Archived Letter – 491

Dear Editor:
I have been following the opinions on Bill 115 and the resulting job action by teachers’ unions with interest since the beginning, and Harry Couling’s letter (Caught in the middle, March 8) caught my attention. Yes, students are caught in the middle – no argument there. However, the rhetoric of “using students as pawns” has been around forever, and I have to tell you: you are not pawns. You are human beings with choices, just like adults.

Co-instructional activities are great, but they are not the only way “…to develop character, critical thinking skills, social skills, and talents [and] learn first-hand the importance of teamwork, responsibility, commitment and hard work.”

Students: do you have a specific activity in mind, or a specific skill-set that you’d like to add to your resume, to prepare you, as young Mr. Couling puts it, for high school, career paths, and future ambitions? It may not be happening at school this year, but you have the choice do it anyway.

If the activities you have in mind require resources and/or adult supervision, ask around – you will be amazed at how much help you can get just by asking. Try parents, friends’ parents, and other community members. If you don’t know who to talk to, try your teachers first – they may not be able to supervise your activities, but many of the teachers I know would certainly engage in a discussion to help you brainstorm ideas, contacts and ways of securing resources.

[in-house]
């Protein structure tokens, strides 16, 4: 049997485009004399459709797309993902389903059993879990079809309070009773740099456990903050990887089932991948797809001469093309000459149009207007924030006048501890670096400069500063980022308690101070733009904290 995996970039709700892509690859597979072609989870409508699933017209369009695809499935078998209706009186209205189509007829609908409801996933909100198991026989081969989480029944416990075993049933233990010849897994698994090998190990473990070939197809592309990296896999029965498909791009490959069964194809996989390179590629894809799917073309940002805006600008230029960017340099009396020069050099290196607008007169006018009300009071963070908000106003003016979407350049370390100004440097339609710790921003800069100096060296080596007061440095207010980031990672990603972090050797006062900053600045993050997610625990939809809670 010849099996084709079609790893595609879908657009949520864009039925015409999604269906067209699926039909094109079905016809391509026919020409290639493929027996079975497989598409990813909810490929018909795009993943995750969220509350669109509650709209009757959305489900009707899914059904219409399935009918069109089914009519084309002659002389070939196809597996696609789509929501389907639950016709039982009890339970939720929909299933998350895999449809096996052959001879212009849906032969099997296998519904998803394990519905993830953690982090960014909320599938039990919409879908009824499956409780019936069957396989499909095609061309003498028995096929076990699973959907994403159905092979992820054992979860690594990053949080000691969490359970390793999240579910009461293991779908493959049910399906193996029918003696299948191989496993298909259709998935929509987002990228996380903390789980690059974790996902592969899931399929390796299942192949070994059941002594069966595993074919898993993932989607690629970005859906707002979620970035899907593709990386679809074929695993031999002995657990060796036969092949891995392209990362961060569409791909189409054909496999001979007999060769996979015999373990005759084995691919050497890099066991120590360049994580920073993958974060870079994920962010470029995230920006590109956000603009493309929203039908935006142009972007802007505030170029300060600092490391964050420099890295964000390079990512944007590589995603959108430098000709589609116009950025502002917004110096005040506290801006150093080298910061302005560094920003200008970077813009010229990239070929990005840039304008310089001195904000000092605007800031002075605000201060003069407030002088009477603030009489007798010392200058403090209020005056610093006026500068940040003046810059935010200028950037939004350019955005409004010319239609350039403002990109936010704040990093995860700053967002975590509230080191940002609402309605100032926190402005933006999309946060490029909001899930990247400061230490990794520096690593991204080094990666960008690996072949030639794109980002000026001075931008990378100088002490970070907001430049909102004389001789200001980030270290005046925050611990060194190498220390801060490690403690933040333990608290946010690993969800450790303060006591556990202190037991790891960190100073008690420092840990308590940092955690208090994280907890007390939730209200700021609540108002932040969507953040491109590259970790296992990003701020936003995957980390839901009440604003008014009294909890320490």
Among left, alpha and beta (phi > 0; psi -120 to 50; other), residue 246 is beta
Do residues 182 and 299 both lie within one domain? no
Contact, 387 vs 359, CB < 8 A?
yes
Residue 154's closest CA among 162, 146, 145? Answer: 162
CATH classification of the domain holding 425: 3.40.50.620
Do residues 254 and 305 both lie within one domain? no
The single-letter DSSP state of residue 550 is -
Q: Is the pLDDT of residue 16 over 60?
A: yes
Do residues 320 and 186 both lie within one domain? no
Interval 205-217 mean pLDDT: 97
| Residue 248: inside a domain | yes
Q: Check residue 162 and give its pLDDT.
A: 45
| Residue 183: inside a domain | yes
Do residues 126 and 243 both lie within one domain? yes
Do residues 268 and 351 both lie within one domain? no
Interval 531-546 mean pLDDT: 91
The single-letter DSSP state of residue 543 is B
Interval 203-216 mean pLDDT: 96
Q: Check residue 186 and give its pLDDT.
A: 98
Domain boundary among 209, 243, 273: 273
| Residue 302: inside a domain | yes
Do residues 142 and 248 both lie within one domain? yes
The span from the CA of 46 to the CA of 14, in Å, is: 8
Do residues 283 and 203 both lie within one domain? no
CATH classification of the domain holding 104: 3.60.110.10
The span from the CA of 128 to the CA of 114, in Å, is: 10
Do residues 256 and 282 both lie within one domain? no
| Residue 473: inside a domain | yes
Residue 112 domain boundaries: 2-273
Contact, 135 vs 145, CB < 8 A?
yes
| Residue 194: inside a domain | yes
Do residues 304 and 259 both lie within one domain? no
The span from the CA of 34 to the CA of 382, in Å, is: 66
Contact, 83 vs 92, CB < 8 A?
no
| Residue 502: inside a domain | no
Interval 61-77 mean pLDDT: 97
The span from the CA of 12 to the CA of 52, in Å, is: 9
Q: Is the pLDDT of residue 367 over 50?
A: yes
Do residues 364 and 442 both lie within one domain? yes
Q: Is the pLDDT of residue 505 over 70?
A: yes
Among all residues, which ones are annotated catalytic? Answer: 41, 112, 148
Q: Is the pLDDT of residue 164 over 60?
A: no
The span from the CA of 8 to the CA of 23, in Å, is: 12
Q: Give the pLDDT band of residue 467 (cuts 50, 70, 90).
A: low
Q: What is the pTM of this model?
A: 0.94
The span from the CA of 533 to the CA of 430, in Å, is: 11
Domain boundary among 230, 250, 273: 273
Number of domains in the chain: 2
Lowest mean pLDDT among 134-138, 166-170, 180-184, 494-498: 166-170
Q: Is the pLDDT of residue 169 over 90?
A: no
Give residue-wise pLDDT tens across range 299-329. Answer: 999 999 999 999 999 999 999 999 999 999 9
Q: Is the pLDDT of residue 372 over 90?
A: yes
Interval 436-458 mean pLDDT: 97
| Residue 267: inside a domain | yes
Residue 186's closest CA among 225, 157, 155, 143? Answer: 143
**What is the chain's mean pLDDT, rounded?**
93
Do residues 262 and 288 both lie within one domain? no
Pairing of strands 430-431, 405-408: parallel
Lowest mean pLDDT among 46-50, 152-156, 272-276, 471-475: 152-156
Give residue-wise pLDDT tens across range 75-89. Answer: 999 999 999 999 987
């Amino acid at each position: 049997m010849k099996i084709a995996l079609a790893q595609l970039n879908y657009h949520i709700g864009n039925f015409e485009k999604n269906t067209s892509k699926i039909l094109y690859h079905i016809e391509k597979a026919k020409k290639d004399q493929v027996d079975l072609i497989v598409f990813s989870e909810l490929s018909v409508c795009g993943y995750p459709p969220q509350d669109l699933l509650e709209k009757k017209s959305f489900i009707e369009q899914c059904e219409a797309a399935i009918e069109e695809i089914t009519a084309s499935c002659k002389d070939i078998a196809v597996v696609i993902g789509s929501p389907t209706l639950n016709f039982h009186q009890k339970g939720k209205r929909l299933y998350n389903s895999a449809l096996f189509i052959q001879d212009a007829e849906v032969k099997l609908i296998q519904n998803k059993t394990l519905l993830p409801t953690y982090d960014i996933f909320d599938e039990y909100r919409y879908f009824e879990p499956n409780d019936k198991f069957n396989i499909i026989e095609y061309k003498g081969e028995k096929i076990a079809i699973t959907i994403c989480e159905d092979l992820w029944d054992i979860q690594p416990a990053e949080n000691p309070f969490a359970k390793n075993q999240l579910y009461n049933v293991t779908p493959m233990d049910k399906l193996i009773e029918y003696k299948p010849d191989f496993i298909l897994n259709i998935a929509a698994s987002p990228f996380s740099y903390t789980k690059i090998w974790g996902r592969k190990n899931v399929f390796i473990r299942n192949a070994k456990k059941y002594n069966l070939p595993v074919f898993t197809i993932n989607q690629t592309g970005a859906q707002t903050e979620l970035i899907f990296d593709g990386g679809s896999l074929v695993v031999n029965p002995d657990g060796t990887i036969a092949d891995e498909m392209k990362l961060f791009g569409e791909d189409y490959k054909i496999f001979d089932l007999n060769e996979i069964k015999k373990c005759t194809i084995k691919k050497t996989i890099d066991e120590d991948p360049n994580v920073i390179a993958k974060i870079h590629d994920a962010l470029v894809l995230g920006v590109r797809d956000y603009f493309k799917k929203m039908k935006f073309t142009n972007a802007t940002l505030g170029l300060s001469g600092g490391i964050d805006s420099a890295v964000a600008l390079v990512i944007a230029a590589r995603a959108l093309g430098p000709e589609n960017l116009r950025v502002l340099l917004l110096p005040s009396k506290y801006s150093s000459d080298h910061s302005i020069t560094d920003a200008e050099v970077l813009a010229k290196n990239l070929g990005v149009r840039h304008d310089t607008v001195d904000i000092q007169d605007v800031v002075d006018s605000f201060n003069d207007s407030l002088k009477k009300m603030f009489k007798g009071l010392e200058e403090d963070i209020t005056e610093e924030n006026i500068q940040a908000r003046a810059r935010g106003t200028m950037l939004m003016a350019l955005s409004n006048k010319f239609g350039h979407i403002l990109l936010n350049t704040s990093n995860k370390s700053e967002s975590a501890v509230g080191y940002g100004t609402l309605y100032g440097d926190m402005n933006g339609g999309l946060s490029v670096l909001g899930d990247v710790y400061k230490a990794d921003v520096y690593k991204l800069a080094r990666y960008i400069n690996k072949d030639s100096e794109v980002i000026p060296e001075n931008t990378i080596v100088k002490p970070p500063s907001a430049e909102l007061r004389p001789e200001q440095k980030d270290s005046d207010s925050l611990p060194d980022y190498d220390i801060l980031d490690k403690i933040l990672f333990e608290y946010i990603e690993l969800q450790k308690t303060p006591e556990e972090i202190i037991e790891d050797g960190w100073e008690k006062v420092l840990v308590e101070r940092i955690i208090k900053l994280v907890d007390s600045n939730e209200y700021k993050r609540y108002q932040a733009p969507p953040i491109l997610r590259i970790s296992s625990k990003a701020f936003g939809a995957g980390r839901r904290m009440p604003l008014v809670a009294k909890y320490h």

While starting something of your own will go much further towards developing the talents and skills mentioned above than simply showing up to someone else’s party, that’s not the only way to get there. You could also approach one of the many great organizations who are constantly looking for volunteers in the community.

This conflict between the teachers and the government has been going on for six months now; who is right and who is wrong is largely irrelevant, as Mr. Couling points out. However, despite what the rhetoric would have you believe, you have a choice: you can go on believing you are victims and miss out on these experiences, or you can take the advice of an iconic brand and Just Do It.

Karen Karnis

Karen Karnis